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Archive for the ‘gardening’ Category

Geranium Resurrection

When we bought this house one of the things we loved was the mature landscaping, including a large geranium which climbed a trellis, forming a wall next to the stairs of our deck. It bloomed nearly year round, blossoms periwinkle and a pale pink.

Looking for pictures of it now, I realize how much we took it for granted. In the first decade we lived here I can find pictures of our trees, the natal lilies, the roses, and both butterfly bushes (which tended to grow crazy fast, blossom profusely, then die off just as suddenly). But hardly anything of that wall of geraniums. (more…)

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Winter Orchids

In late November, at the beginning of this winter’s drought, I noticed that some old, half-forgotten orchids set back in our side yard were sending out floral spikes. Orchids respond beautifully to water-deprivation. During the summer I water our lawn, so the yard also gets frequent/ocasional splashes of water, but during the fall I water much less, so they had gone without for a while. Voilà!

I mentioned them to the missus, who moved them out from their reclusive nook to one of our raised beds, but as we were preparing to travel they didn’t get much attention. Except that, whenever I was out in our yard, I’d look over and admire them.

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And on Groundhog’s Day, too.  California is in the midst of an awful drought. Not so bad for the humans, so far, but very threatening to agriculture, which will affect us eventually, and far more serious for wildlife and the environment.

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Gardening, two

We’re enjoying spending time in the garden lately, and it’s so pleasant to see young plants taking root and growing. This rosebush has dozens of buds that are reaching up above the fenceline. (more…)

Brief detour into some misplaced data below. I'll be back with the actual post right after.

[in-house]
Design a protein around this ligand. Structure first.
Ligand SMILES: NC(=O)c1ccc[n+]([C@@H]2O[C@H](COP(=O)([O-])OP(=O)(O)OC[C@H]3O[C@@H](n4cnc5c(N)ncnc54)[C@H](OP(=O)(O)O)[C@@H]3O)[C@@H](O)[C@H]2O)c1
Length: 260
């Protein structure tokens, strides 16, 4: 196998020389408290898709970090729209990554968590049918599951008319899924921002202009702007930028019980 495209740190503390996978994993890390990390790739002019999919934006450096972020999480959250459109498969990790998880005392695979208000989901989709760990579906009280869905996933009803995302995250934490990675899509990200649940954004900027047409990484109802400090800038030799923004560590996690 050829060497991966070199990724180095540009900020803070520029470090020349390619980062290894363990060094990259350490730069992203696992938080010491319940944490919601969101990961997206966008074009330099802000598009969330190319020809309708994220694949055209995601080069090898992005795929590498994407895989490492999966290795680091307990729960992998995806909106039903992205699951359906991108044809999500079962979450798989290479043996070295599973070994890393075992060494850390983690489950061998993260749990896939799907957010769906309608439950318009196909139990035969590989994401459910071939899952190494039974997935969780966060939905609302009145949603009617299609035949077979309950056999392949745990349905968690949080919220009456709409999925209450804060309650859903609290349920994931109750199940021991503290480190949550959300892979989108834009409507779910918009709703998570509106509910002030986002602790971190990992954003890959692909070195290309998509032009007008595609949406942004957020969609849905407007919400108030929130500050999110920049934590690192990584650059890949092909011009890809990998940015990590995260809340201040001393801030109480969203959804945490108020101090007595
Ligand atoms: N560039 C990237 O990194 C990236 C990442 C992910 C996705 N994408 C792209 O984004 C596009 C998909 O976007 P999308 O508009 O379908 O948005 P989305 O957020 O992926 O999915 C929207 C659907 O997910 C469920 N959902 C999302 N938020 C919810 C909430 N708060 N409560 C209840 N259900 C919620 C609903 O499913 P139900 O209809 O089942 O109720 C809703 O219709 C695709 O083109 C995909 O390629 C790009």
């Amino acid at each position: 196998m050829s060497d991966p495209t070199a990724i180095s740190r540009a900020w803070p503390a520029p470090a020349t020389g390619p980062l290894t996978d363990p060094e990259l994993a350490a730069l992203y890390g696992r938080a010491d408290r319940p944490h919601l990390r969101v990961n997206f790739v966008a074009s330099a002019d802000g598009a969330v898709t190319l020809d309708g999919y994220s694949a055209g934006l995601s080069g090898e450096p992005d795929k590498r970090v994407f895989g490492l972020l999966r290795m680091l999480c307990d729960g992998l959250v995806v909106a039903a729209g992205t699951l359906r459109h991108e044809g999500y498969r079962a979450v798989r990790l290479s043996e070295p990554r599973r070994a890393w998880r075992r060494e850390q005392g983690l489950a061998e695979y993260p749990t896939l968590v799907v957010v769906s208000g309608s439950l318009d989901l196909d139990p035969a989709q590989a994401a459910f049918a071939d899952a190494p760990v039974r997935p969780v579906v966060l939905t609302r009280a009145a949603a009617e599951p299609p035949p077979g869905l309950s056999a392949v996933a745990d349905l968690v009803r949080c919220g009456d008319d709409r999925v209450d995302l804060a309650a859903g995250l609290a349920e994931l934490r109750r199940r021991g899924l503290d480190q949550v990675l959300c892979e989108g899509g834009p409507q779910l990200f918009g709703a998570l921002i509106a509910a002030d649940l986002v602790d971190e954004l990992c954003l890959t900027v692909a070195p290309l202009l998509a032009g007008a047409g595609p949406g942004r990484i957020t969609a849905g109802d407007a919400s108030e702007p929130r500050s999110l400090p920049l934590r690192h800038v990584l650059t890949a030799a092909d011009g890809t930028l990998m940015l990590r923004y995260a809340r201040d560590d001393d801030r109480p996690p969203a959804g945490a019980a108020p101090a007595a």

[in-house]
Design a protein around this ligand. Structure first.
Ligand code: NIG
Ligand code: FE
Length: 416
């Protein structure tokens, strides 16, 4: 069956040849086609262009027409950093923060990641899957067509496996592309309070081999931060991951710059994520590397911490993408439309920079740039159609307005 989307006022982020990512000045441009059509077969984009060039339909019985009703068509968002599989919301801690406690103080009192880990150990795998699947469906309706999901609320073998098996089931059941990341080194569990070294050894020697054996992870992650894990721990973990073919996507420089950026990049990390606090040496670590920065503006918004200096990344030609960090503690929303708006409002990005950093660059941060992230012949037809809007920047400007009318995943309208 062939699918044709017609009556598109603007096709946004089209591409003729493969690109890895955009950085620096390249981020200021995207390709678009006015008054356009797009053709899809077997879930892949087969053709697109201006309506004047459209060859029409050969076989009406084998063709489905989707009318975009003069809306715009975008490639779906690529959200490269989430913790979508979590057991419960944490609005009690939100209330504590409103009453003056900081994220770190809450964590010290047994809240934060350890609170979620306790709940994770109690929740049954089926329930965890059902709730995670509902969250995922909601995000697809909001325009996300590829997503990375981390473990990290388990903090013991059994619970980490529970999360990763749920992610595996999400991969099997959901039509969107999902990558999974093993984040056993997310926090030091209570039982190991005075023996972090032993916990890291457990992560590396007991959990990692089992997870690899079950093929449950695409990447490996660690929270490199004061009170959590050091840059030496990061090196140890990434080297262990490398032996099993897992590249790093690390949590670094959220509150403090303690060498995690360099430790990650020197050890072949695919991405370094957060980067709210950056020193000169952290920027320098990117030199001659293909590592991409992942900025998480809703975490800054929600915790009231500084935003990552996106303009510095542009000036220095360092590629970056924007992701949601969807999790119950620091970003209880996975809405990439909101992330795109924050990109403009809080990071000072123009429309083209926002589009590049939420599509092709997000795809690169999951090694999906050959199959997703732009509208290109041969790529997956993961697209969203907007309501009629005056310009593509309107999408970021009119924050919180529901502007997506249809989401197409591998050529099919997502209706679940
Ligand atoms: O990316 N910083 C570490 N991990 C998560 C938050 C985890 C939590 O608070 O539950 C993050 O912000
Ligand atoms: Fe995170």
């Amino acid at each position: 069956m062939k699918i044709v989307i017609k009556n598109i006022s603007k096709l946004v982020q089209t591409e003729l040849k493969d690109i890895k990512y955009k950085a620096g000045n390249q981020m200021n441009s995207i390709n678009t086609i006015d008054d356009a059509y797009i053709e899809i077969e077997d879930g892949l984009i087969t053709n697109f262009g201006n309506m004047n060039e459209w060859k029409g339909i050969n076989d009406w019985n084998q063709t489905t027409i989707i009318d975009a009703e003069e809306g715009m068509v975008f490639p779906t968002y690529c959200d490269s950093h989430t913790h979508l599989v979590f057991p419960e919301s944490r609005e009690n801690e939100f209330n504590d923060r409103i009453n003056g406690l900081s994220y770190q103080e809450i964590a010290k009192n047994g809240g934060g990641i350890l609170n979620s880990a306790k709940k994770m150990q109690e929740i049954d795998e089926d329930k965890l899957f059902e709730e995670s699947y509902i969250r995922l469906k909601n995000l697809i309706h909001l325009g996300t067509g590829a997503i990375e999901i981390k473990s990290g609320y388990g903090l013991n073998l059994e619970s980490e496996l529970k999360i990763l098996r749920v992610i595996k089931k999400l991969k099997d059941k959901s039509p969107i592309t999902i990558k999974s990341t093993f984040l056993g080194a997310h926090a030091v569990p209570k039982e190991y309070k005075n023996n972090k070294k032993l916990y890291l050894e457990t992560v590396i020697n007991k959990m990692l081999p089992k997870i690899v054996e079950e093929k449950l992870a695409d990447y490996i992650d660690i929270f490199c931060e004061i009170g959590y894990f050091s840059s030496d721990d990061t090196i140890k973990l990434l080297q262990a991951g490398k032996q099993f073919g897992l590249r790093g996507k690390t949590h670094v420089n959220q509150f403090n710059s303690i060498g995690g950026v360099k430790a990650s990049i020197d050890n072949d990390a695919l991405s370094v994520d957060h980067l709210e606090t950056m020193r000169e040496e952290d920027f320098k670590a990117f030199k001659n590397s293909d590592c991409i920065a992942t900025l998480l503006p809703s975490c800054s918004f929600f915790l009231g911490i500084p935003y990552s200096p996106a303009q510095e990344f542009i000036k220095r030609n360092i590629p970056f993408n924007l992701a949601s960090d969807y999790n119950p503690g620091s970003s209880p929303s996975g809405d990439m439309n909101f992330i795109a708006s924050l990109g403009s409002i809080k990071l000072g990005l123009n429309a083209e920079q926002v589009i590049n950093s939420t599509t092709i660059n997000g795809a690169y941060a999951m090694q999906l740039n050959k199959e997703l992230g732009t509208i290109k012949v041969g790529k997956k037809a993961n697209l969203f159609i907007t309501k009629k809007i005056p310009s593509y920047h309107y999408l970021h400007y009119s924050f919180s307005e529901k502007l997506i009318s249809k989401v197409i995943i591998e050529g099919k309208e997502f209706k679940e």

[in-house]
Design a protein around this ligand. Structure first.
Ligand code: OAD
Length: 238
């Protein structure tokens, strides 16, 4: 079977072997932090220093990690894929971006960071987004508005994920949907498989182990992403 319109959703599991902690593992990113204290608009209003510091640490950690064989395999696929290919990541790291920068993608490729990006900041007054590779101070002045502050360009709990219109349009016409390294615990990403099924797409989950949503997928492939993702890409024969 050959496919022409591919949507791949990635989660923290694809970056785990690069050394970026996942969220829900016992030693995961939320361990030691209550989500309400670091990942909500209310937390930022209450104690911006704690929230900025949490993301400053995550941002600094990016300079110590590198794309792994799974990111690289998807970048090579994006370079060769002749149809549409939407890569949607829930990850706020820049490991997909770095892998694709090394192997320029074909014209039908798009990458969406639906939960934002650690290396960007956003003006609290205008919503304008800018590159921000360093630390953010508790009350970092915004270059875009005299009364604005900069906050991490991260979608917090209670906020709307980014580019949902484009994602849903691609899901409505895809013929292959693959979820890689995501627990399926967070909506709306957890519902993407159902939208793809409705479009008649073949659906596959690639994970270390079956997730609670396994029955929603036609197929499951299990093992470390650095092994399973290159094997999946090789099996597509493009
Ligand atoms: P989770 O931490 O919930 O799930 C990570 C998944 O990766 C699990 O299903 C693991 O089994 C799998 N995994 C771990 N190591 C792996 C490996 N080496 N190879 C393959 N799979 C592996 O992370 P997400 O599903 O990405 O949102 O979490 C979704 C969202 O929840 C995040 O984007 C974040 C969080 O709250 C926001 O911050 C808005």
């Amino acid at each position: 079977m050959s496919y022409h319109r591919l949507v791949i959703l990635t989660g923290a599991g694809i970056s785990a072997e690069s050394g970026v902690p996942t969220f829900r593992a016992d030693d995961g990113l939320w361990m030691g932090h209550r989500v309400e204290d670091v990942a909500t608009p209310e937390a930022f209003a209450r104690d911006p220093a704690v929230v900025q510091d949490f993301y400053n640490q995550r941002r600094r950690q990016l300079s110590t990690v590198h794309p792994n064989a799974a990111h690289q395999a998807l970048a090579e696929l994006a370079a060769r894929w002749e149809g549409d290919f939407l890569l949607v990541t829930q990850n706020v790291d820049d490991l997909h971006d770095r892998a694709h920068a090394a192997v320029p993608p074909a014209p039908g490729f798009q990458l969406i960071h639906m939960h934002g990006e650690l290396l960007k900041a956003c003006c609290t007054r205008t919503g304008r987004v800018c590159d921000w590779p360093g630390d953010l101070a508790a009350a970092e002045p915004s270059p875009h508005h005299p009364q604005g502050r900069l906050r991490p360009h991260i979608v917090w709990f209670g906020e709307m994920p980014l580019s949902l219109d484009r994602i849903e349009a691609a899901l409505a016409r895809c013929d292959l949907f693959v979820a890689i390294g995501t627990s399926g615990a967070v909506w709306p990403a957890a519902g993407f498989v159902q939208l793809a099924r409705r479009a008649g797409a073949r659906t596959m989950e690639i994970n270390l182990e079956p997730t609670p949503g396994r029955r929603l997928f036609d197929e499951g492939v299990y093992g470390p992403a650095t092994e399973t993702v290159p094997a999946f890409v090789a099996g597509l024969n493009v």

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Gardening 2013

A friend is suffering through the cold in the upper midwest, wanted to see some greenery, then sent a reminder this week that it would be nice to see the garden. so I took the camera out into the backyard yesterday and this morning, and spent some time cropping the picures so they don’t suck up too much space. (more…)

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Plan Bee

Did you know that most bees do not lose their stingers when stinging other insects, but will lose them when stinging large mammals? It’s something to do with responding appropriately to the threat. Other insects can be repelled, but a large mammal can cause real destruction to the hive, so the stinger is instinctively driven so deep it’s barb breaks off as deeply into the invader’s hide as possible and all the venom is injected into the perceived threat.

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When the missus first proposed adding a beehive to the back of our long backyard, it was somehow abstract.

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